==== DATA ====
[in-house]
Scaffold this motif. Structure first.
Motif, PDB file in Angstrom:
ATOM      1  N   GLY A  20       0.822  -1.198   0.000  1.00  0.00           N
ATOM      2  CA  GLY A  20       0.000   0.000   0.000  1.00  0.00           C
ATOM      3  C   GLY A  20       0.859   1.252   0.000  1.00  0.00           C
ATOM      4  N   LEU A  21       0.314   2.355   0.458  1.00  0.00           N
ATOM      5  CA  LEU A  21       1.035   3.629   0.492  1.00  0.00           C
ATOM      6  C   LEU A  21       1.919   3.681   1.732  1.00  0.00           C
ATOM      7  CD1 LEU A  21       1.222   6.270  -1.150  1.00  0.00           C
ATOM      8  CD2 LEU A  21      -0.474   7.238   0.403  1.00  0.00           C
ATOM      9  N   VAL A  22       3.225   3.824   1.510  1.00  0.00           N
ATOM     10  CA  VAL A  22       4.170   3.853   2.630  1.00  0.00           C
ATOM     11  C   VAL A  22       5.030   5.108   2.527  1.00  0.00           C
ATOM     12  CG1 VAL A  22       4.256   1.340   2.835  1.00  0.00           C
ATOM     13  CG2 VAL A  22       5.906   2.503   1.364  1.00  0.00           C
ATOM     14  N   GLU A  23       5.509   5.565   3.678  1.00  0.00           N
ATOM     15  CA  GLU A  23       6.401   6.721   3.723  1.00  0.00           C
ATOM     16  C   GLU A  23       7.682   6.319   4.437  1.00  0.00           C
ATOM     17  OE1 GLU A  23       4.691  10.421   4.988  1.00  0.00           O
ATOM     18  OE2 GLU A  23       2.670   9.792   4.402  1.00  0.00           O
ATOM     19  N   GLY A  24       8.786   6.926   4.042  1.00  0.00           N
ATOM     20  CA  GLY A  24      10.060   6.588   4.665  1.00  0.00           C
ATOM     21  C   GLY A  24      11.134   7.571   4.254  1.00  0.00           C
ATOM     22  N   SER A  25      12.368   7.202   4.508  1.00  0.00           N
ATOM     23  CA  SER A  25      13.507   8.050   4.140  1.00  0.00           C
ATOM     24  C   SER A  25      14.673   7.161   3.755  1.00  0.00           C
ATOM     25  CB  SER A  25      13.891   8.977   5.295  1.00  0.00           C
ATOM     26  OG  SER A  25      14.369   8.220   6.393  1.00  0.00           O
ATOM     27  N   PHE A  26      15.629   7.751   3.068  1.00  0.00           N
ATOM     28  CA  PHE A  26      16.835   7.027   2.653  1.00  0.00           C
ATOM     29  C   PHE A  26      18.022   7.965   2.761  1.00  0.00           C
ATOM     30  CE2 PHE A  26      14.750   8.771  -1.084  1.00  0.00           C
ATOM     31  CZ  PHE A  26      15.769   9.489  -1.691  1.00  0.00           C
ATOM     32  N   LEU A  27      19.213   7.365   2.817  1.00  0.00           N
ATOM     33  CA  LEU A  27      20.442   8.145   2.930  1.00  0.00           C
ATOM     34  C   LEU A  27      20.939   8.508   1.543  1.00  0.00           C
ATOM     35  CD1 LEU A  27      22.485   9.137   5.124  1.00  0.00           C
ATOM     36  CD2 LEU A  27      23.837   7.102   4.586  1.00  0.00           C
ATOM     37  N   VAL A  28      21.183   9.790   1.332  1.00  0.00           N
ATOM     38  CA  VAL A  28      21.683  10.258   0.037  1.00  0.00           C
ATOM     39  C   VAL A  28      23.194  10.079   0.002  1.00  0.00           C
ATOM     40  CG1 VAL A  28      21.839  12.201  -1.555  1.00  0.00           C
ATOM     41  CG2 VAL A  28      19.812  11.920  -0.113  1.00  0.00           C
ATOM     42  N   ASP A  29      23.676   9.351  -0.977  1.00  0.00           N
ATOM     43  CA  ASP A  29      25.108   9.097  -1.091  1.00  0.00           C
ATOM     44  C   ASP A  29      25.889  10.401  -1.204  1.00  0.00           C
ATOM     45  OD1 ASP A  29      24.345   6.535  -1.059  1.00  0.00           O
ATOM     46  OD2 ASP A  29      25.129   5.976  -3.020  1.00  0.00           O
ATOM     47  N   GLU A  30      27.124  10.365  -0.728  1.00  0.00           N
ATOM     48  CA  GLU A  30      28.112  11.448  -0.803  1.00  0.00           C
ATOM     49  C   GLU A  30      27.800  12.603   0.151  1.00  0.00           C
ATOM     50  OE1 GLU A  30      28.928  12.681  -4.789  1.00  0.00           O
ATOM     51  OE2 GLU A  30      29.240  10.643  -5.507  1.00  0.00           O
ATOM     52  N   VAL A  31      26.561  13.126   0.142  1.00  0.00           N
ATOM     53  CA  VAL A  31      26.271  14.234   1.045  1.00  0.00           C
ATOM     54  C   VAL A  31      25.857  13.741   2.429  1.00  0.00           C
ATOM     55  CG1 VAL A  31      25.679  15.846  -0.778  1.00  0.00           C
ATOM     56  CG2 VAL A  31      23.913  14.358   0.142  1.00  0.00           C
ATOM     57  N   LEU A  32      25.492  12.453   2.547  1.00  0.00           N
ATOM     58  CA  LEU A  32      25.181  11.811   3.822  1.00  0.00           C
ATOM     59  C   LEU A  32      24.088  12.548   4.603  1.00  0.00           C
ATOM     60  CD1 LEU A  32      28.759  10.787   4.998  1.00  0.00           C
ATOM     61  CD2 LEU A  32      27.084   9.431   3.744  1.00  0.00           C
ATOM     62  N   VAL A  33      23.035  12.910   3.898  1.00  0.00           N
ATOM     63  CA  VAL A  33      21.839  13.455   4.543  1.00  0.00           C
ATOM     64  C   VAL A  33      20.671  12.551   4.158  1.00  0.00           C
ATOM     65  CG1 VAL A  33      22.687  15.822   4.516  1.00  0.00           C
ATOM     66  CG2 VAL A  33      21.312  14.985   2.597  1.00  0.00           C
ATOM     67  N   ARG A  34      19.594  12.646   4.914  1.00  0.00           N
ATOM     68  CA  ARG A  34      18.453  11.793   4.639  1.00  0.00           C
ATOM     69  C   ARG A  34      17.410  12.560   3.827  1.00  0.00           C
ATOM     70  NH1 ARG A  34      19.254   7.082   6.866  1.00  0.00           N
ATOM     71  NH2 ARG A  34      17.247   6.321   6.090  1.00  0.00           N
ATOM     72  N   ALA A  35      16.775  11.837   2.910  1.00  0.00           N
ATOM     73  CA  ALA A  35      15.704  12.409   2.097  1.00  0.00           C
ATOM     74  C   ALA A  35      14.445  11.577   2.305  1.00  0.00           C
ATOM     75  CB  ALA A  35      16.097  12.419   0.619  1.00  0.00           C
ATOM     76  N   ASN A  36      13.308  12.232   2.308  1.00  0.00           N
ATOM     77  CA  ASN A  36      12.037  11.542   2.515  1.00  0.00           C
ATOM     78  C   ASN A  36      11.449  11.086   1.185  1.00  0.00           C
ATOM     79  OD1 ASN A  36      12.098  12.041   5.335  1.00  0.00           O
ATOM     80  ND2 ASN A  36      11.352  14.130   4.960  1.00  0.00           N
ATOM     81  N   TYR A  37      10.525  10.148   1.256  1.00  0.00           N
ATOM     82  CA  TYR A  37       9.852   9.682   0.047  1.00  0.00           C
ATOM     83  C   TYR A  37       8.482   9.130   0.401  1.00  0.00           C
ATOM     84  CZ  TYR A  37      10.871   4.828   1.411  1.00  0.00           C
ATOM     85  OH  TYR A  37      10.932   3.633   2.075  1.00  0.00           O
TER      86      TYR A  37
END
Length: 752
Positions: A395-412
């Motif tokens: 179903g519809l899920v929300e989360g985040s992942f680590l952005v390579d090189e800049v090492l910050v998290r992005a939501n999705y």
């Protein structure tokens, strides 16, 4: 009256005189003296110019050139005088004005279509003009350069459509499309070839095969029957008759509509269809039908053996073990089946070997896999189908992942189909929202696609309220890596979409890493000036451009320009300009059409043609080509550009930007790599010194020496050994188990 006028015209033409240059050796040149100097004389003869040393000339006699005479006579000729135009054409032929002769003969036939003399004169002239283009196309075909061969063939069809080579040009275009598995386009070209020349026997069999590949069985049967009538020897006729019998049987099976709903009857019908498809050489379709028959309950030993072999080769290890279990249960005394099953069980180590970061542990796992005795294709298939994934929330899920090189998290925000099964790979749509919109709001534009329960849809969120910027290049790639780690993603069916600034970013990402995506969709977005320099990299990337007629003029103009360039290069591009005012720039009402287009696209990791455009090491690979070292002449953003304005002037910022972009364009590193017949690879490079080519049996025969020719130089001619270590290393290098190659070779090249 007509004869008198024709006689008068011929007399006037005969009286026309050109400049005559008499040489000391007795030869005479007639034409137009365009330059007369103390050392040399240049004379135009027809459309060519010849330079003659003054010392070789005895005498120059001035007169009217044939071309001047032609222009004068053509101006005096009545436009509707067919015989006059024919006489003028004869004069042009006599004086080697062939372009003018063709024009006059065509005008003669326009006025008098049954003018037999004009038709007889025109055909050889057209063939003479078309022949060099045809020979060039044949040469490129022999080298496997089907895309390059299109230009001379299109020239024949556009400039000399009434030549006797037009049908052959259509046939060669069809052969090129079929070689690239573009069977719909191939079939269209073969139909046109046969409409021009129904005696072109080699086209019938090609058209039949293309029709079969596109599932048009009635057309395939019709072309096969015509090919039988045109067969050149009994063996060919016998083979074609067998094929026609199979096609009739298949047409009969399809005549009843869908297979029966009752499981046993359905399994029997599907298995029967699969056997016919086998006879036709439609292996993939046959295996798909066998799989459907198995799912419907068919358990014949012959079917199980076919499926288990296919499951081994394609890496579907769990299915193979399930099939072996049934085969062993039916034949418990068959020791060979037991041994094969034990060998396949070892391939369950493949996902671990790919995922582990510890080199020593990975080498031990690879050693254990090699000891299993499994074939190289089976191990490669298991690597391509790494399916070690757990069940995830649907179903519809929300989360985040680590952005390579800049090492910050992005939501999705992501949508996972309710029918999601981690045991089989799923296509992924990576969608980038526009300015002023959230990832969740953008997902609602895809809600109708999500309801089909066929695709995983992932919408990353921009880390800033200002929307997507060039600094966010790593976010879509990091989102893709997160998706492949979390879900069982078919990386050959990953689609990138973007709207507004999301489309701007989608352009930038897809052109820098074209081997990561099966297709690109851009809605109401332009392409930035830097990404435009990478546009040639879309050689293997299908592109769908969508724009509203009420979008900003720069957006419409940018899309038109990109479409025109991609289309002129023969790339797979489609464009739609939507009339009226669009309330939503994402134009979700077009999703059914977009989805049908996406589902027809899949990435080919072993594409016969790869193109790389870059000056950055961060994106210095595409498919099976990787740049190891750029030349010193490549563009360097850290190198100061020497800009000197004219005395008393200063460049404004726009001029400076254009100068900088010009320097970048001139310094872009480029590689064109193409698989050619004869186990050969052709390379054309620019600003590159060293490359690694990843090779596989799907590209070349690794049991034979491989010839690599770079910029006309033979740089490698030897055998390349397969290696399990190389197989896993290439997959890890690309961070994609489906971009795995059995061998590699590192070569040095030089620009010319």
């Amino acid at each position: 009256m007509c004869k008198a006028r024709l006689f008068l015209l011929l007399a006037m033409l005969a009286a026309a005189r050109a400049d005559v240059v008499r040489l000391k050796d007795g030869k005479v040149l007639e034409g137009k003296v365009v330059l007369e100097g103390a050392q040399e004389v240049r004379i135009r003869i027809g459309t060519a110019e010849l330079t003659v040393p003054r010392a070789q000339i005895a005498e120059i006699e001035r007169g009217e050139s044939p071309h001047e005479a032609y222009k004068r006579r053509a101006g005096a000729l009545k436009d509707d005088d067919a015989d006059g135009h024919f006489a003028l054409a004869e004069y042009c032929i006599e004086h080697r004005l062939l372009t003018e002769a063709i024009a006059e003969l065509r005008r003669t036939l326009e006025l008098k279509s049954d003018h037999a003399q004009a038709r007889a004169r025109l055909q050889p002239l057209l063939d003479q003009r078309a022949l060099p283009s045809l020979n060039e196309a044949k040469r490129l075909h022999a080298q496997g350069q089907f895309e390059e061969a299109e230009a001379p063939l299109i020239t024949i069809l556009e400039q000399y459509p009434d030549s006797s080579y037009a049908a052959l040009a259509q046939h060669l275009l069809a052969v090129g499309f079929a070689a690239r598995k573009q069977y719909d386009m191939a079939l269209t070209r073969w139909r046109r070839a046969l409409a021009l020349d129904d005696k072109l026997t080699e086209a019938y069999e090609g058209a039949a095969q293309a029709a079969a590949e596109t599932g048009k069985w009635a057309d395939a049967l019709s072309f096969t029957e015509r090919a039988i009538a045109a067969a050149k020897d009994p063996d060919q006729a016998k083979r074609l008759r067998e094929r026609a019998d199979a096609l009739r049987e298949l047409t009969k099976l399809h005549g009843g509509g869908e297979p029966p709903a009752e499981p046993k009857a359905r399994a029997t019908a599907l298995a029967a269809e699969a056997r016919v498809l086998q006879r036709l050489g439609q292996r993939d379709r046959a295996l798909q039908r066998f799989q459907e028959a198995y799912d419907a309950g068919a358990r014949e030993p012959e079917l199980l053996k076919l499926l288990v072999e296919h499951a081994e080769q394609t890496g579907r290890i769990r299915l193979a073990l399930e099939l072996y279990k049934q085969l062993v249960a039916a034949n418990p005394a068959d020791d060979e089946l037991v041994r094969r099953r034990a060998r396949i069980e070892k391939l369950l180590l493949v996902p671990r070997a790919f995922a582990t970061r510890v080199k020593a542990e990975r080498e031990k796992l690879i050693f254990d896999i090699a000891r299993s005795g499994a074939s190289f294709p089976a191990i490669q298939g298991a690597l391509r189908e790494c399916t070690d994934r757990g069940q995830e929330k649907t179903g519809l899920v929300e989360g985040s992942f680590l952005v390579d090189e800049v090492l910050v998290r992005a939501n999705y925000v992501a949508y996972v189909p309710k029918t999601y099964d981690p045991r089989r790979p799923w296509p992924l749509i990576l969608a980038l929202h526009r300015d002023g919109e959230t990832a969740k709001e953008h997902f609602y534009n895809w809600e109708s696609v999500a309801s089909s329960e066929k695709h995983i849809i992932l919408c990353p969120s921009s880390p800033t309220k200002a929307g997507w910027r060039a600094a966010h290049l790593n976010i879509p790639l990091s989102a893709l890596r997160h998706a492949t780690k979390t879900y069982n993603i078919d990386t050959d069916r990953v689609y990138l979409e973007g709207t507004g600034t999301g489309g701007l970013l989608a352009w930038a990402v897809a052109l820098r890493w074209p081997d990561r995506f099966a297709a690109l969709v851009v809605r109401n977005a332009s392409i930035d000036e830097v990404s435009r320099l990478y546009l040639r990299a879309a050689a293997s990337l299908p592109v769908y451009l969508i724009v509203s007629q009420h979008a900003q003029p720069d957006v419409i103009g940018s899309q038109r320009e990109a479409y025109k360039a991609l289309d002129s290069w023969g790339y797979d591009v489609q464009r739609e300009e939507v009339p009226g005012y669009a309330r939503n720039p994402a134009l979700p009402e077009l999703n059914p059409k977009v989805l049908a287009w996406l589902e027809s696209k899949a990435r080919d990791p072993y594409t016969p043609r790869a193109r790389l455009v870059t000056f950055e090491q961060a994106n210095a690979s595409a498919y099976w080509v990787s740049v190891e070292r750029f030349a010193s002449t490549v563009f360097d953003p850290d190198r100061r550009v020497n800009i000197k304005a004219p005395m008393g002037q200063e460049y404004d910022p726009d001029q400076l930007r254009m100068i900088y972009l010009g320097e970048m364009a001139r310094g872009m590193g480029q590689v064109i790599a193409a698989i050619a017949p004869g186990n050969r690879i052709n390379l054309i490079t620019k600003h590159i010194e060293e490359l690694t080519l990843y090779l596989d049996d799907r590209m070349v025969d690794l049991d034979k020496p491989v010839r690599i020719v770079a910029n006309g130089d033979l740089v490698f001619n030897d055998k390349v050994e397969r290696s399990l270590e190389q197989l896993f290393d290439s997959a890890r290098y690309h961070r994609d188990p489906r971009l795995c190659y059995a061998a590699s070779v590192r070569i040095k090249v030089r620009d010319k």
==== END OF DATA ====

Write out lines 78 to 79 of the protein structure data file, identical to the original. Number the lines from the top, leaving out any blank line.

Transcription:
ATOM     75  CB  ALA A  35      16.097  12.419   0.619  1.00  0.00           C
ATOM     76  N   ASN A  36      13.308  12.232   2.308  1.00  0.00           N